Highly, highly recommended. Long after I closed the book, my thoughts were with Marina, Easter and Swenson and the Lakashi people. Don’t miss this magical story.

Rating: 5*

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Book Review: The Virgin and the Gypsy by D.H. Lawrence (Audiobook)

24 Jun

Genre: Classic

Publisher: Naxos Audio

Pub date: 10 March 2011

Source: Publisher via

Format: Audiobook

Narrator: Georgina Sutton

Length: 3 hours 37 minutes


Lucille and Yvette Saywell are young girls who feel oppressed in their middle class home in the rectory. The girls are irritated by their old grandmother and angry aunt, and they feel doomed to a  life of boredom and middle class existence. But when Yvette meets a gypsy, strange feelings rise in her that threaten all accepted morality of the family and society.


As expected, of D.H Lawrence questions and casts aside all accepted morality and societal norms in this short novella.

Lucille and Yvette live until the dark cloud of their mother who abandoned her husband and children and ran away with a younger man.

Yvette has never been in love and scorns the attention of the young men of her social circle. She is disdainful of her family and her home and openly flouts rules and their idea of morality. These young girls are full of life and promise and feel that they are wasting away in their prison-like home. This is a short novel, but Lawrence packs a lot into it. The characters are well drawn, and easy to recognize: the old grandmother who holds onto her position of power in the house, the frustrated aunt who is angry about wasting away her life and her sex in service to her mother, the loving, ineffective father who wants to be liked.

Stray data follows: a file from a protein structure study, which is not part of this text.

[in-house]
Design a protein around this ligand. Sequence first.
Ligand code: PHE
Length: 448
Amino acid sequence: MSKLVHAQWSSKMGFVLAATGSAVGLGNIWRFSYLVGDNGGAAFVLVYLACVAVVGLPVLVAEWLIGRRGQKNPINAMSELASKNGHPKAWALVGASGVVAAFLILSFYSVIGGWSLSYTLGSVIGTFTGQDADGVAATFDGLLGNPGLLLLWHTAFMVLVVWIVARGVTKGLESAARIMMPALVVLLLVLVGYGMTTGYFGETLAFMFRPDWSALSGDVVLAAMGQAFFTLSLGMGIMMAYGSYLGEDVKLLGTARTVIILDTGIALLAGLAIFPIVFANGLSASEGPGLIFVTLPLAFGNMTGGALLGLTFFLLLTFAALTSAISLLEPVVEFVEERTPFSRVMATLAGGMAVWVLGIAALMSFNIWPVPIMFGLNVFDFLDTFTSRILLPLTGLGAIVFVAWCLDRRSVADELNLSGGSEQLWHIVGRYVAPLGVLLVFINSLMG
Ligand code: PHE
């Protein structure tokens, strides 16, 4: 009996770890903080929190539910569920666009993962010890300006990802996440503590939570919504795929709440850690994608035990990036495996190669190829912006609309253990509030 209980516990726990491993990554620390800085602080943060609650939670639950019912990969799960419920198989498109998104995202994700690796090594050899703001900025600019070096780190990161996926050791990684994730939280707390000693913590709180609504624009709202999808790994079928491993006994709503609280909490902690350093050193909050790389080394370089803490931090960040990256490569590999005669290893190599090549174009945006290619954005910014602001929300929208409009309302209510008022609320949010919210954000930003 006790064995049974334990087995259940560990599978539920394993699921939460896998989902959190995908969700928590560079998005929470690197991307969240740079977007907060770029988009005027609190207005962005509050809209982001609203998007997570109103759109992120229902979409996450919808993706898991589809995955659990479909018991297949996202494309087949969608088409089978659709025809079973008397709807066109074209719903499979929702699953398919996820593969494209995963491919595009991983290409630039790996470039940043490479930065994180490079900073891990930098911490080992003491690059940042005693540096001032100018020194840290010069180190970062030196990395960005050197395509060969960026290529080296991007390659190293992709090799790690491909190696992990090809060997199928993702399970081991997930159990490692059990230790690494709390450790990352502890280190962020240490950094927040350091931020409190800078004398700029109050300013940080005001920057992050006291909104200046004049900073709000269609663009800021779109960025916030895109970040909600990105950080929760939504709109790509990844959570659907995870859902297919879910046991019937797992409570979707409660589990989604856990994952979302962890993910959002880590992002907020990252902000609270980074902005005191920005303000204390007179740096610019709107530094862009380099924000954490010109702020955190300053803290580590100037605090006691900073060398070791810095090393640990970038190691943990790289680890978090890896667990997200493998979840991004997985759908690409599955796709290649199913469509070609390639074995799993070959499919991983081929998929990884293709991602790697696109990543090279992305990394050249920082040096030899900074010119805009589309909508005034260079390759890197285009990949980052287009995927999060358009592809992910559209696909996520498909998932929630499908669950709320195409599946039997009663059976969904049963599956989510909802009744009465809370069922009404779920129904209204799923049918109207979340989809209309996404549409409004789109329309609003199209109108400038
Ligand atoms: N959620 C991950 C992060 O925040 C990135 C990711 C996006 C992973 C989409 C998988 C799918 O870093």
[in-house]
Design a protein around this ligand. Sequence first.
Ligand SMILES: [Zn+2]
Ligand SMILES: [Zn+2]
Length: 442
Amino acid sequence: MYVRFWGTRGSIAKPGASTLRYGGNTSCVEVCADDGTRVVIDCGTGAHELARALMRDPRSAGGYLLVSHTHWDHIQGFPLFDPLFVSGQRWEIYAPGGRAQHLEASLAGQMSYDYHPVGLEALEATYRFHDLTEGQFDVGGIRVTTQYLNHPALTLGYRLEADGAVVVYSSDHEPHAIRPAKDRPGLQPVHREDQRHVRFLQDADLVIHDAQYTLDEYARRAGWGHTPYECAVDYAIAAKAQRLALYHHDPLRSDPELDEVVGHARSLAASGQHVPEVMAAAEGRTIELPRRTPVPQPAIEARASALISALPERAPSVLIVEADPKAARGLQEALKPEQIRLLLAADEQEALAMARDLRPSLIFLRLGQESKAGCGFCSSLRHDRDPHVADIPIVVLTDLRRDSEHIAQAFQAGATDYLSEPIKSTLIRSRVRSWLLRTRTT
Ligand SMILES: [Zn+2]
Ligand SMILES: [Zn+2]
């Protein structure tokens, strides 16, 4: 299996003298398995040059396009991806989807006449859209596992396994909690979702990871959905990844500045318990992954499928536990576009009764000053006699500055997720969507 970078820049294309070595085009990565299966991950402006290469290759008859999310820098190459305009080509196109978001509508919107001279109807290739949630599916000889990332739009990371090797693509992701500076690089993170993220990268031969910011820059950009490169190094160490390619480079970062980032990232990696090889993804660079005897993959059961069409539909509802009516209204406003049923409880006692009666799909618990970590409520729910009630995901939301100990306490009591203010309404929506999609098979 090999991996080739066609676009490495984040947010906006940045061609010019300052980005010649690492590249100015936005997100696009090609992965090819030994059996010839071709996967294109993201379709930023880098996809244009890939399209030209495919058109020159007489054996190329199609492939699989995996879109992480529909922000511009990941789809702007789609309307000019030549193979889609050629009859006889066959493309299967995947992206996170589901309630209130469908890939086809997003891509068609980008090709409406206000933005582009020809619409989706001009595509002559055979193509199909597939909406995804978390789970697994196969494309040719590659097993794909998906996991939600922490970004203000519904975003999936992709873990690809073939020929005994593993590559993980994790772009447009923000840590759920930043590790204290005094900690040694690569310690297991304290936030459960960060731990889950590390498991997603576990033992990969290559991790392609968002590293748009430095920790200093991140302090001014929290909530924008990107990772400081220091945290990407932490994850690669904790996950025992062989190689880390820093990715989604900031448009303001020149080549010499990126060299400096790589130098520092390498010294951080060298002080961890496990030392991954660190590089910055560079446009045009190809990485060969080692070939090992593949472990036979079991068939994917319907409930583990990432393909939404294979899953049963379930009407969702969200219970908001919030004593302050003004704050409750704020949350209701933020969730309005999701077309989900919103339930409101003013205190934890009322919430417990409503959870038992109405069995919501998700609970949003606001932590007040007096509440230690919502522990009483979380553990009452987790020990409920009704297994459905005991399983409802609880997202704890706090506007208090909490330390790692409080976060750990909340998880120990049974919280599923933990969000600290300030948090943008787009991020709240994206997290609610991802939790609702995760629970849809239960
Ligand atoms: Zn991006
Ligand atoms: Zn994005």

A big part of the problem is that the young boys and girls in this small town actually have everything. What they lack is intellectual stimulation and real difficulties. This brings about a sense of ennui and disdain for their families. Which is why when Yvette meets the gypsy, her her interest is piqued. He represents freedom, virility and earthiness. Only at the end does she realise how she feels about him and learns his name and sees his more than a concept.

To me, the end seemed a little rushed and incomplete (this novella was published posthumously) and a little overly dramatic.

The audiobook: I suggest that you do listen to this novella in audio. Georgina Sutton does a great job of creating the ethereal Yvette, the old grandmother, the choleric aunt and the gruff and real gypsy. I only listened to it once, but bits of dialogue stand out in my memory for which the audio production is the reason.

I will definitely be looking for more classics to consume in audio. Having someone else interpret the material intelligently adds so much to my absorption and enjoyment of the book.


Highly recommended for anyone who enjoys classics, especially D.H Lawrence. I do suggest you try the audiobook, it greatly added to my appreciation of this short novel.

Rating: 4.25*